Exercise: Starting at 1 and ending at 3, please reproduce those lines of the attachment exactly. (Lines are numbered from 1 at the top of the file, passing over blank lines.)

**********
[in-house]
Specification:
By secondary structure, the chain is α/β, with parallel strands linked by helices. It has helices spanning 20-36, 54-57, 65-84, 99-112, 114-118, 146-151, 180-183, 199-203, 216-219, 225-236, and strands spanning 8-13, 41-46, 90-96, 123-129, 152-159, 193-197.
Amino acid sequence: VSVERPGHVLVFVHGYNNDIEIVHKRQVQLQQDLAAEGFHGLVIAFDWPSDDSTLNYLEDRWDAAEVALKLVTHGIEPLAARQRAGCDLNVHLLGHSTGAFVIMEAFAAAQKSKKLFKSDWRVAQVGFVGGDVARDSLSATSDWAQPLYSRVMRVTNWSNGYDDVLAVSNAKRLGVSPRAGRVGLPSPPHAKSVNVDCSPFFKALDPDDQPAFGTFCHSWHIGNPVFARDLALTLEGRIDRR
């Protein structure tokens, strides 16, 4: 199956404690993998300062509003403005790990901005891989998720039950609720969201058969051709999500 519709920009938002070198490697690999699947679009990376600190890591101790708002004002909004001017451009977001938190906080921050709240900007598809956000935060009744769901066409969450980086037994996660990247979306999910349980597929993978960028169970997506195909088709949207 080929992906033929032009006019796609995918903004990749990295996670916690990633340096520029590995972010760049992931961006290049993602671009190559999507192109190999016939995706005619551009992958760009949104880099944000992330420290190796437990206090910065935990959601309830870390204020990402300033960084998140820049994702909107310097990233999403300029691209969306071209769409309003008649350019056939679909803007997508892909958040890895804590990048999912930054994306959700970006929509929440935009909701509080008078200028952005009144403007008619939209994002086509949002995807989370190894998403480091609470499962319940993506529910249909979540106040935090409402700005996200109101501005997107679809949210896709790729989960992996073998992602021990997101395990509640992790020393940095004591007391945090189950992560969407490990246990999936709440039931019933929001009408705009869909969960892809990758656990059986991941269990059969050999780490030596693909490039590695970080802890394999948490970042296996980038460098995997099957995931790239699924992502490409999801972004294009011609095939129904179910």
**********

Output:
[in-house]
Specification:
By secondary structure, the chain is α/β, with parallel strands linked by helices. It has helices spanning 20-36, 54-57, 65-84, 99-112, 114-118, 146-151, 180-183, 199-203, 216-219, 225-236, and strands spanning 8-13, 41-46, 90-96, 123-129, 152-159, 193-197.